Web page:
[7]        Under cross-examination for the second appellant, it was put to the witness that she had seen the second appellant before the incident. Initially she said she was sure she had not but later accepted that she could have previously seen the second appellant “hanging about the streets” with a young woman called Chelsea.  She accepted that it was possible that she had identified the second appellant from the emulator sheet and at the VIPER parade because she had seen him before.  She agreed that she did not get a look at the boys’ faces.

 

The Evidence of SG

[8]        SG was a friend of VL and was also 14 years of age.  She too gave her evidence from behind a screen and as had been the case with VL, was not asked to make any dock identification.  She recalled three males running at the locus, one in front and the others chasing.  She said that one of the males who was chasing was tall with red hair and a tracksuit, was thin and in his 20s.  She said that the other male was tall, with dark hair and wearing a “onesie”.  She confirmed that she subsequently attended an identification parade and did not pick anyone out.  She had been unable to attend a second parade because of a dancing competition.

[9]        SG described an assault by the two males who had been chasing the third male.  The red haired male tripped up the third male who was then punched on the ground.  She subsequently followed the third male to outside a public house where she saw him sitting in an ambulance.  He was bleeding from his cheeks.  

[10]      There was no cross-examination for the first appellant.  Under cross-examination for the second appellant, SG confirmed that she attended a VIPER parade but had said that the person with the red hair was not there.  She agreed that neither of the men she saw committing the assault were in the images.

 

The Evidence of PC Laughlan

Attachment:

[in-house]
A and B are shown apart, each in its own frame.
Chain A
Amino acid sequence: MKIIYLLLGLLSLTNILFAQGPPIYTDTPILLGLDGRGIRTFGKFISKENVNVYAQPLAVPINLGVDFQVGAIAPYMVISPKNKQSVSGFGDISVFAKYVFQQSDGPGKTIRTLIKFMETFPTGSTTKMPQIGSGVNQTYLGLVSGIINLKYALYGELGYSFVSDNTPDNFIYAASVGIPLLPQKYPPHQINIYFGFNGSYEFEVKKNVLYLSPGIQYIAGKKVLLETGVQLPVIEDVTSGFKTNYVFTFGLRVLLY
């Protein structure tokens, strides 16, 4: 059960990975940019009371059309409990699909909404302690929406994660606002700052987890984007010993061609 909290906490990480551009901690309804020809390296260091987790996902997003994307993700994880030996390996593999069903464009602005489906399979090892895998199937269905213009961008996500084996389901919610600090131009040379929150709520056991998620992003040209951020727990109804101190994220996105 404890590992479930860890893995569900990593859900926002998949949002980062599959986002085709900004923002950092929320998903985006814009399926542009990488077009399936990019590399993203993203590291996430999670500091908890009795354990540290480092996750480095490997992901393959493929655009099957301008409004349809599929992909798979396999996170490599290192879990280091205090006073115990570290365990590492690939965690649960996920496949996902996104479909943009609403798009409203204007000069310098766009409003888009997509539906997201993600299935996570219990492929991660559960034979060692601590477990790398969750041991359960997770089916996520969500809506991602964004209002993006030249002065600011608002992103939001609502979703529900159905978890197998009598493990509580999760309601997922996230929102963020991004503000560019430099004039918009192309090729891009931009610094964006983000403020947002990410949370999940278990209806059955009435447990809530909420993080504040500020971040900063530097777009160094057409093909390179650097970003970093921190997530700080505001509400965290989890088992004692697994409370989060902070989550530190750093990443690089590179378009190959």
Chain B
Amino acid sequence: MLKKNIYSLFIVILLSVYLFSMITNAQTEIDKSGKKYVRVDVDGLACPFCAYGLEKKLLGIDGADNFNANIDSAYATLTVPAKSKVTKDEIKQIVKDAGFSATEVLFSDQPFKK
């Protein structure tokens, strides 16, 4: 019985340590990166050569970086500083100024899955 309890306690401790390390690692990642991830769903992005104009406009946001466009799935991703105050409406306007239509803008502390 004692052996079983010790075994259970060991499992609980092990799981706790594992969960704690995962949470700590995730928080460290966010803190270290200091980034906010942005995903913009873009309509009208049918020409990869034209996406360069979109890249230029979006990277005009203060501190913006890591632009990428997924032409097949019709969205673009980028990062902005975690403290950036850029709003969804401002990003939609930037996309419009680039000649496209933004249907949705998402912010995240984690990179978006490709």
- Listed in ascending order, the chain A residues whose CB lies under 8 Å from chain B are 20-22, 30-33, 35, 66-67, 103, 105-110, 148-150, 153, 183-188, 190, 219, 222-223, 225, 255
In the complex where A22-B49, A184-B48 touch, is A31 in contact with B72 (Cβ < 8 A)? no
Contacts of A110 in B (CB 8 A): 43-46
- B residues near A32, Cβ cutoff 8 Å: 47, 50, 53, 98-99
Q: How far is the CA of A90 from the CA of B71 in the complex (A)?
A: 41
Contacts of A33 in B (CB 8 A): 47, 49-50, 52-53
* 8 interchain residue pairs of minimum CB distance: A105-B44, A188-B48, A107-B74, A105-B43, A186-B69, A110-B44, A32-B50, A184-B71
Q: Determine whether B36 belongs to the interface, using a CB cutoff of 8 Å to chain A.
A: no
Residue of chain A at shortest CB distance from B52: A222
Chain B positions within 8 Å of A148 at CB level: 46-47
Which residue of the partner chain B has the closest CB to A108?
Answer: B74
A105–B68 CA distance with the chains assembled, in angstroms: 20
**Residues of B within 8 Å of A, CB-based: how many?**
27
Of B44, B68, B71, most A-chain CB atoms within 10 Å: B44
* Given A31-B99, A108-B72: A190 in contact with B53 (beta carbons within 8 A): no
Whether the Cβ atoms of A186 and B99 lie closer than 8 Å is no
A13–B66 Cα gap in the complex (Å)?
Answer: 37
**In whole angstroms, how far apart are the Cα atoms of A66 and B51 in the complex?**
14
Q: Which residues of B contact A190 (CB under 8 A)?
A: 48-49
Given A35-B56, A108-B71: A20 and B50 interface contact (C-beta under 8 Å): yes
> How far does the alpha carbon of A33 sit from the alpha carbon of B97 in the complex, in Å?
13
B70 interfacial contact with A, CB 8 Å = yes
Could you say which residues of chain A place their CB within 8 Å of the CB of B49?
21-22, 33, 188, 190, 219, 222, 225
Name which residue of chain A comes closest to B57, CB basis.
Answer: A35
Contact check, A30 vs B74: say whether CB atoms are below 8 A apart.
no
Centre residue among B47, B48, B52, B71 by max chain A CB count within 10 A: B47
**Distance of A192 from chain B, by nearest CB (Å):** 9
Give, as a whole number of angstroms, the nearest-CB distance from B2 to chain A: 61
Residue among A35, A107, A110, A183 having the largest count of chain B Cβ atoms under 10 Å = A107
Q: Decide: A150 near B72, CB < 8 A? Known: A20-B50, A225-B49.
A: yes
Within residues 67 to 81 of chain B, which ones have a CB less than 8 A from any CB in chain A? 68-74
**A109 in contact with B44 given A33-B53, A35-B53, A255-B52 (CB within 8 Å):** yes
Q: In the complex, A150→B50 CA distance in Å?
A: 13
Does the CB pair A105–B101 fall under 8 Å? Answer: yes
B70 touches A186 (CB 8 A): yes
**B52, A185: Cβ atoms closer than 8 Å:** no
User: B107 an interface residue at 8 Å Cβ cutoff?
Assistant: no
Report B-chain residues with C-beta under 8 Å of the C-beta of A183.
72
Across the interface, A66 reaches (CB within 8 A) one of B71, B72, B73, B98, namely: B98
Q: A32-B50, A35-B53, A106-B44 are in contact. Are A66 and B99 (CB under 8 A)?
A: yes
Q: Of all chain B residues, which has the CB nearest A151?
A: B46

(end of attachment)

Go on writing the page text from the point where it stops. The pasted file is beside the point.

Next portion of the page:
[11]      At approximately 11.30 am on the morning of 14 February 2016, the constable and his colleague PC Keen received a report that a male had been assaulted at the High Street in Renfrew.  He and his colleague attended immediately.  The complainer had a slash to the right side of his face and a slash to the back of his head.  The constable said that the complainer gave his account of the attack some time after the arrival of the ambulance, and that it had taken 10 minutes for the ambulance to arrive.  He said that the complainer gave him the names Kyle McCrae and James Anderson.  The complainer said that he had been kicked from behind by James Anderson, whom he also described as “Fat Jambo”, causing him to fall to the ground, and that James Anderson had then “set about him” while he was on the ground.  He said that he had then been slashed by Kyle McCrae using a Stanley knife.  The constable said that the complainer gave him those names several times.  The complainer had said that he had been with Chelsea Troup and drinking with Stewart McClelland and James Anderson and that when he had left the house he had encountered Kyle McCrae.  He said that McCrae had gone with him to an address, that McCrae had offered him a fight and that McCrae had a Stanley knife.  Thinking he was going to be assaulted, the complainer said he pre-emptively punched McCrae.  Anderson then appeared from behind and kicked him to the ground.  Whilst on the ground Anderson had kicked him and McCrae had slashed him on the face with a Stanley knife.  The complainer said that the incident was a dispute over girlfriends.  The constable said that he had tried to obtain a written statement at the hospital but the complainer had refused, saying that he was not a “grass”.  The constable seized the complainer’s blood stained grey hood (Crown label 1) and his blood stained blue shirt (Crown label 2).